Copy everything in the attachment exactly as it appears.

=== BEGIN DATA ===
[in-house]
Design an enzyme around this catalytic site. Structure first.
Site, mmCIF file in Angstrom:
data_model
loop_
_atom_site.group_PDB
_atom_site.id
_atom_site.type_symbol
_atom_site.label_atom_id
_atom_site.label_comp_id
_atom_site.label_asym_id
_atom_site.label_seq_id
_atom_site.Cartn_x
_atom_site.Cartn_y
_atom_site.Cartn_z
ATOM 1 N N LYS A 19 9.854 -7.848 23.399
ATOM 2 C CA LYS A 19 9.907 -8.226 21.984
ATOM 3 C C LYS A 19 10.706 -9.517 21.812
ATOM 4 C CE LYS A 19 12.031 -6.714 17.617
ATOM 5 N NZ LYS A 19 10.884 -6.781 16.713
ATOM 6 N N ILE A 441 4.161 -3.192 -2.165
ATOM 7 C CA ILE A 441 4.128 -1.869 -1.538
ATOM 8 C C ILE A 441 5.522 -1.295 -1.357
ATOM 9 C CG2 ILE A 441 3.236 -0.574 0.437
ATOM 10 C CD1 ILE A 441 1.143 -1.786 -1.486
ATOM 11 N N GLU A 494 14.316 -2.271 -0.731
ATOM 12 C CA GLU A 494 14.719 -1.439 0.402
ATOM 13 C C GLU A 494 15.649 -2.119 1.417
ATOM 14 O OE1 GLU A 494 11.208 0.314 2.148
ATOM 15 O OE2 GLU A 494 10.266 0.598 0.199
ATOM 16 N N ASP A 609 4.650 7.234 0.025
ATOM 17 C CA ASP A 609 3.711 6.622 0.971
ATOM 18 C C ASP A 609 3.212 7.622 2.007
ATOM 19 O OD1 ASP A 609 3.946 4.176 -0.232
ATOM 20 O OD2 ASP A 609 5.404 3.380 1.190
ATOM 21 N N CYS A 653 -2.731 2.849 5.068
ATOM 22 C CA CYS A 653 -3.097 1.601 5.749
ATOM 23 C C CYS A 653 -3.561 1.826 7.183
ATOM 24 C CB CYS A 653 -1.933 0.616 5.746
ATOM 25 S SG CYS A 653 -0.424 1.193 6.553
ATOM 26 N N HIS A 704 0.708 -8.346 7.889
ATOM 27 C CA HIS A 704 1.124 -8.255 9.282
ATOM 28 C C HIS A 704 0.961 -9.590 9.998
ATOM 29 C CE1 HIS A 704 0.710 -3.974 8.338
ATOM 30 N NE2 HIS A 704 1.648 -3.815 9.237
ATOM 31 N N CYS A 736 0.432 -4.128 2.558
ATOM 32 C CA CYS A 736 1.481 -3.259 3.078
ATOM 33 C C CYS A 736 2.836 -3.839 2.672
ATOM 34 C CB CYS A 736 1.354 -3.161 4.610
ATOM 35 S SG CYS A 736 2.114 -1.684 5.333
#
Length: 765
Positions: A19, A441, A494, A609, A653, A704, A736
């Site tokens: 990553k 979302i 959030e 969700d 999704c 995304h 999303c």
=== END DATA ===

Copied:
[in-house]
Design an enzyme around this catalytic site. Structure first.
Site, mmCIF file in Angstrom:
data_model
loop_
_atom_site.group_PDB
_atom_site.id
_atom_site.type_symbol
_atom_site.label_atom_id
_atom_site.label_comp_id
_atom_site.label_asym_id
_atom_site.label_seq_id
_atom_site.Cartn_x
_atom_site.Cartn_y
_atom_site.Cartn_z
ATOM 1 N N LYS A 19 9.854 -7.848 23.399
ATOM 2 C CA LYS A 19 9.907 -8.226 21.984
ATOM 3 C C LYS A 19 10.706 -9.517 21.812
ATOM 4 C CE LYS A 19 12.031 -6.714 17.617
ATOM 5 N NZ LYS A 19 10.884 -6.781 16.713
ATOM 6 N N ILE A 441 4.161 -3.192 -2.165
ATOM 7 C CA ILE A 441 4.128 -1.869 -1.538
ATOM 8 C C ILE A 441 5.522 -1.295 -1.357
ATOM 9 C CG2 ILE A 441 3.236 -0.574 0.437
ATOM 10 C CD1 ILE A 441 1.143 -1.786 -1.486
ATOM 11 N N GLU A 494 14.316 -2.271 -0.731
ATOM 12 C CA GLU A 494 14.719 -1.439 0.402
ATOM 13 C C GLU A 494 15.649 -2.119 1.417
ATOM 14 O OE1 GLU A 494 11.208 0.314 2.148
ATOM 15 O OE2 GLU A 494 10.266 0.598 0.199
ATOM 16 N N ASP A 609 4.650 7.234 0.025
ATOM 17 C CA ASP A 609 3.711 6.622 0.971
ATOM 18 C C ASP A 609 3.212 7.622 2.007
ATOM 19 O OD1 ASP A 609 3.946 4.176 -0.232
ATOM 20 O OD2 ASP A 609 5.404 3.380 1.190
ATOM 21 N N CYS A 653 -2.731 2.849 5.068
ATOM 22 C CA CYS A 653 -3.097 1.601 5.749
ATOM 23 C C CYS A 653 -3.561 1.826 7.183
ATOM 24 C CB CYS A 653 -1.933 0.616 5.746
ATOM 25 S SG CYS A 653 -0.424 1.193 6.553
ATOM 26 N N HIS A 704 0.708 -8.346 7.889
ATOM 27 C CA HIS A 704 1.124 -8.255 9.282
ATOM 28 C C HIS A 704 0.961 -9.590 9.998
ATOM 29 C CE1 HIS A 704 0.710 -3.974 8.338
ATOM 30 N NE2 HIS A 704 1.648 -3.815 9.237
ATOM 31 N N CYS A 736 0.432 -4.128 2.558
ATOM 32 C CA CYS A 736 1.481 -3.259 3.078
ATOM 33 C C CYS A 736 2.836 -3.839 2.672
ATOM 34 C CB CYS A 736 1.354 -3.161 4.610
ATOM 35 S SG CYS A 736 2.114 -1.684 5.333
#
Length: 765
Positions: A19, A441, A494, A609, A653, A704, A736
């Site tokens: 990553k 979302i 959030e 969700d 999704c 995304h 999303c």